Princess, abdicating

Up betimes; and Mr. Povy comes to even accounts with me, which we did, and then fell to other talk. He tells, in short, how the King is made a child of, by Buckingham and Arlington, to the lessening of the Duke of York, whom they cannot suffer to be great, for fear of my Lord Chancellor’s return, which, therefore, they make the King violent against. That he believes it is impossible these two great men can hold together long: or, at least, that the ambition of the former is so great, that he will endeavour to master all, and bring into play as many as he can. That Anglesey will not lose his place easily, but will contend in law with whoever comes to execute it. That the Duke of York, in all things but in his cod-piece, is led by the nose by his wife. That W. Coventry is now, by the Duke of York, made friends with the Duchess; and that he is often there, and waits on her. That he do believe that these present great men will break in time, and that W. Coventry will be a great man again; for he do labour to have nothing to do in matters of the State, and is so usefull to the side that he is on, that he will stand, though at present he is quite out of play. That my Lady Castlemayne hates the Duke of Buckingham. That the Duke of York hath expressed himself very kind to my Lord Sandwich, which I am mighty glad of. That we are to expect more changes if these men stand. This done, he and I to talk of my coach, and I got him to go see it, where he finds most infinite fault with it, both as to being out of fashion and heavy, with so good reason that I am mightily glad of his having corrected me in it; and so I do resolve to have one of his build, and with his advice, both in coach and horses, he being the fittest man in the world for it, and so he carried me home, and said the same to my wife. So I to the office and he away, and at noon I home to dinner, and all the afternoon late with Gibson at my chamber about my present great business, only a little in the afternoon at the office about Sir D. Gawden’s accounts, and so to bed and slept heartily, my wife and I at good peace, but my heart troubled and her mind not at ease, I perceive, she against and I for the girle, to whom I have not said anything these three days, but resolve to be mighty strange in appearance to her.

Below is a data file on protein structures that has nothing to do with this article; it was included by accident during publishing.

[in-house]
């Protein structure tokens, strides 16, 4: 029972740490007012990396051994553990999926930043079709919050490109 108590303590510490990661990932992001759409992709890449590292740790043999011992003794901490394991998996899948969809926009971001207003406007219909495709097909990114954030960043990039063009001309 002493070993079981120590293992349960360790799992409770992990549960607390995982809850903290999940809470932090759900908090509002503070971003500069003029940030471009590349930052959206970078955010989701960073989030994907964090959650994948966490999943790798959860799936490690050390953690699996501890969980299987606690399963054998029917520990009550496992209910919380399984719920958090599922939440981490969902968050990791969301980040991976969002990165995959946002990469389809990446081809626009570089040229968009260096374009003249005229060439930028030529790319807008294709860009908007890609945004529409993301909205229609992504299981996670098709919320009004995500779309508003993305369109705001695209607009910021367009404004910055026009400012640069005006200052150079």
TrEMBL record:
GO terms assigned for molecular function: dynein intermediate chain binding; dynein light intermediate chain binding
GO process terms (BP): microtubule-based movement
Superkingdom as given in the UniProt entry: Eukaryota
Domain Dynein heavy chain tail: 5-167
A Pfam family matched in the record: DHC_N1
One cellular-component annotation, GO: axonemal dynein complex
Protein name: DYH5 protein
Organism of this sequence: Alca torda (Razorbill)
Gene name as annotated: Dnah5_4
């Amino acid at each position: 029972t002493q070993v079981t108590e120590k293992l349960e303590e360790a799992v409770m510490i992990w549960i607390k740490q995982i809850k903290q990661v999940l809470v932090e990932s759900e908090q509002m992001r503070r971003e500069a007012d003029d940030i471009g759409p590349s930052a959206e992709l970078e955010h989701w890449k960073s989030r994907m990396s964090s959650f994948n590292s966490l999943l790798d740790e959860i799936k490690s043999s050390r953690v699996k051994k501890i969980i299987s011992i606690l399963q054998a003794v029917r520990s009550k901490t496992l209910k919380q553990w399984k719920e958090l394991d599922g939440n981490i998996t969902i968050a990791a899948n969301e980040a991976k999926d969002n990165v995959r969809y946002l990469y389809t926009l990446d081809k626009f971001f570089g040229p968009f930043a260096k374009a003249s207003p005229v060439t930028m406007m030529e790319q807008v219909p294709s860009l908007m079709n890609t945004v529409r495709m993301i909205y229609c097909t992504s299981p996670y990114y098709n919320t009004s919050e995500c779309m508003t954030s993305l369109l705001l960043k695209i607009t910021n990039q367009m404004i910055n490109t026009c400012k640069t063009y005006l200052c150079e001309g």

This night W. Batelier come and took his leave of us, he setting out for France to-morrow.

how the king is made
a child cannot believe

it is impossible
that ambition

to master all things
but have nothing to do

in matters of the state
of play

the sand we stand on
finds infinite fault with it

and I resolve to be the world
for my good girl

Erasure poem derived from The Diary of Samuel Pepys, Friday 30 October 1668.

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